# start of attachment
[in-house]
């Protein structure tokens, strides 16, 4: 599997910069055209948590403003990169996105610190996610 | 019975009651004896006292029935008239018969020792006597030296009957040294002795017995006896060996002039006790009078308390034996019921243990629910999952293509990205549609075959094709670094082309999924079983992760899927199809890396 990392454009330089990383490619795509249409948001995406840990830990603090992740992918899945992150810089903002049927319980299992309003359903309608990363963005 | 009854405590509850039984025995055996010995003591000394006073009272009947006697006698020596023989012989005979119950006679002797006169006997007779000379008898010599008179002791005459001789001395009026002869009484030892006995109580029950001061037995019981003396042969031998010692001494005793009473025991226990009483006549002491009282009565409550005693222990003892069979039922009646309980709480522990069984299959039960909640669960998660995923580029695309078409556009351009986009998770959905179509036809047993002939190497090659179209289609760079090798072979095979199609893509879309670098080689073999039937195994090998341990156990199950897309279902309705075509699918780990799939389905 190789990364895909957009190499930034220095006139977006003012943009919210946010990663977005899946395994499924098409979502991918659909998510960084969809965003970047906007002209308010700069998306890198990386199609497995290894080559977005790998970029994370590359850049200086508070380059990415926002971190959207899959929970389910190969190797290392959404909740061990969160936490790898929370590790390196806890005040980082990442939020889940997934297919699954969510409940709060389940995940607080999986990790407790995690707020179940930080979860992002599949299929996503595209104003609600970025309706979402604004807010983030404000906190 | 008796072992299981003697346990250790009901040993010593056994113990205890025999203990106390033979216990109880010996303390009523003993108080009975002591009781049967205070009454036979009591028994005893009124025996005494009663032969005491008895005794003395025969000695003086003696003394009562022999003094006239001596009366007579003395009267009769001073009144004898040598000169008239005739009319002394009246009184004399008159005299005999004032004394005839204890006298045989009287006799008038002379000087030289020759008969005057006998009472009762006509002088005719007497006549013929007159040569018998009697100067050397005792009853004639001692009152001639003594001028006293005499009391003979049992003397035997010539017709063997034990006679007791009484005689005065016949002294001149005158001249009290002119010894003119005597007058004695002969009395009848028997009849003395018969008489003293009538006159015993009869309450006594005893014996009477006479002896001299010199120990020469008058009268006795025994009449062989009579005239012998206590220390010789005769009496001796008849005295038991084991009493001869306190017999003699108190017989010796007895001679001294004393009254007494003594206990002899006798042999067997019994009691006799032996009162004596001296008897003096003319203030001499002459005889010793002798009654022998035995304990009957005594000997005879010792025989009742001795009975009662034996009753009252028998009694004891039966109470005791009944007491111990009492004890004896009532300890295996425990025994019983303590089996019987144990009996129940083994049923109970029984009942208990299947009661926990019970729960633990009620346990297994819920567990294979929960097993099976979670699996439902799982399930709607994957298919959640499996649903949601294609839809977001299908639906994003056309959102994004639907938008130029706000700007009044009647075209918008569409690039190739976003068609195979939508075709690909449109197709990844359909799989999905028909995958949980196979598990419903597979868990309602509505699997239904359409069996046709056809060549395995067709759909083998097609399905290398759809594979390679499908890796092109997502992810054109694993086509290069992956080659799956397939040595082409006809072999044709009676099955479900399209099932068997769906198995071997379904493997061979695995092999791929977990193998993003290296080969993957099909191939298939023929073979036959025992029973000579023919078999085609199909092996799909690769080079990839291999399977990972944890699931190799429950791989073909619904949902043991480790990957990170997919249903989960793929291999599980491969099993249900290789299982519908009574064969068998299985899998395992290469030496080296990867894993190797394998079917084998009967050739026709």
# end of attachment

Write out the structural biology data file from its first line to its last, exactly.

[in-house]
């Protein structure tokens, strides 16, 4: 599997910069055209948590403003990169996105610190996610 | 019975009651004896006292029935008239018969020792006597030296009957040294002795017995006896060996002039006790009078308390034996019921243990629910999952293509990205549609075959094709670094082309999924079983992760899927199809890396 990392454009330089990383490619795509249409948001995406840990830990603090992740992918899945992150810089903002049927319980299992309003359903309608990363963005 | 009854405590509850039984025995055996010995003591000394006073009272009947006697006698020596023989012989005979119950006679002797006169006997007779000379008898010599008179002791005459001789001395009026002869009484030892006995109580029950001061037995019981003396042969031998010692001494005793009473025991226990009483006549002491009282009565409550005693222990003892069979039922009646309980709480522990069984299959039960909640669960998660995923580029695309078409556009351009986009998770959905179509036809047993002939190497090659179209289609760079090798072979095979199609893509879309670098080689073999039937195994090998341990156990199950897309279902309705075509699918780990799939389905 190789990364895909957009190499930034220095006139977006003012943009919210946010990663977005899946395994499924098409979502991918659909998510960084969809965003970047906007002209308010700069998306890198990386199609497995290894080559977005790998970029994370590359850049200086508070380059990415926002971190959207899959929970389910190969190797290392959404909740061990969160936490790898929370590790390196806890005040980082990442939020889940997934297919699954969510409940709060389940995940607080999986990790407790995690707020179940930080979860992002599949299929996503595209104003609600970025309706979402604004807010983030404000906190 | 008796072992299981003697346990250790009901040993010593056994113990205890025999203990106390033979216990109880010996303390009523003993108080009975002591009781049967205070009454036979009591028994005893009124025996005494009663032969005491008895005794003395025969000695003086003696003394009562022999003094006239001596009366007579003395009267009769001073009144004898040598000169008239005739009319002394009246009184004399008159005299005999004032004394005839204890006298045989009287006799008038002379000087030289020759008969005057006998009472009762006509002088005719007497006549013929007159040569018998009697100067050397005792009853004639001692009152001639003594001028006293005499009391003979049992003397035997010539017709063997034990006679007791009484005689005065016949002294001149005158001249009290002119010894003119005597007058004695002969009395009848028997009849003395018969008489003293009538006159015993009869309450006594005893014996009477006479002896001299010199120990020469008058009268006795025994009449062989009579005239012998206590220390010789005769009496001796008849005295038991084991009493001869306190017999003699108190017989010796007895001679001294004393009254007494003594206990002899006798042999067997019994009691006799032996009162004596001296008897003096003319203030001499002459005889010793002798009654022998035995304990009957005594000997005879010792025989009742001795009975009662034996009753009252028998009694004891039966109470005791009944007491111990009492004890004896009532300890295996425990025994019983303590089996019987144990009996129940083994049923109970029984009942208990299947009661926990019970729960633990009620346990297994819920567990294979929960097993099976979670699996439902799982399930709607994957298919959640499996649903949601294609839809977001299908639906994003056309959102994004639907938008130029706000700007009044009647075209918008569409690039190739976003068609195979939508075709690909449109197709990844359909799989999905028909995958949980196979598990419903597979868990309602509505699997239904359409069996046709056809060549395995067709759909083998097609399905290398759809594979390679499908890796092109997502992810054109694993086509290069992956080659799956397939040595082409006809072999044709009676099955479900399209099932068997769906198995071997379904493997061979695995092999791929977990193998993003290296080969993957099909191939298939023929073979036959025992029973000579023919078999085609199909092996799909690769080079990839291999399977990972944890699931190799429950791989073909619904949902043991480790990957990170997919249903989960793929291999599980491969099993249900290789299982519908009574064969068998299985899998395992290469030496080296990867894993190797394998079917084998009967050739026709």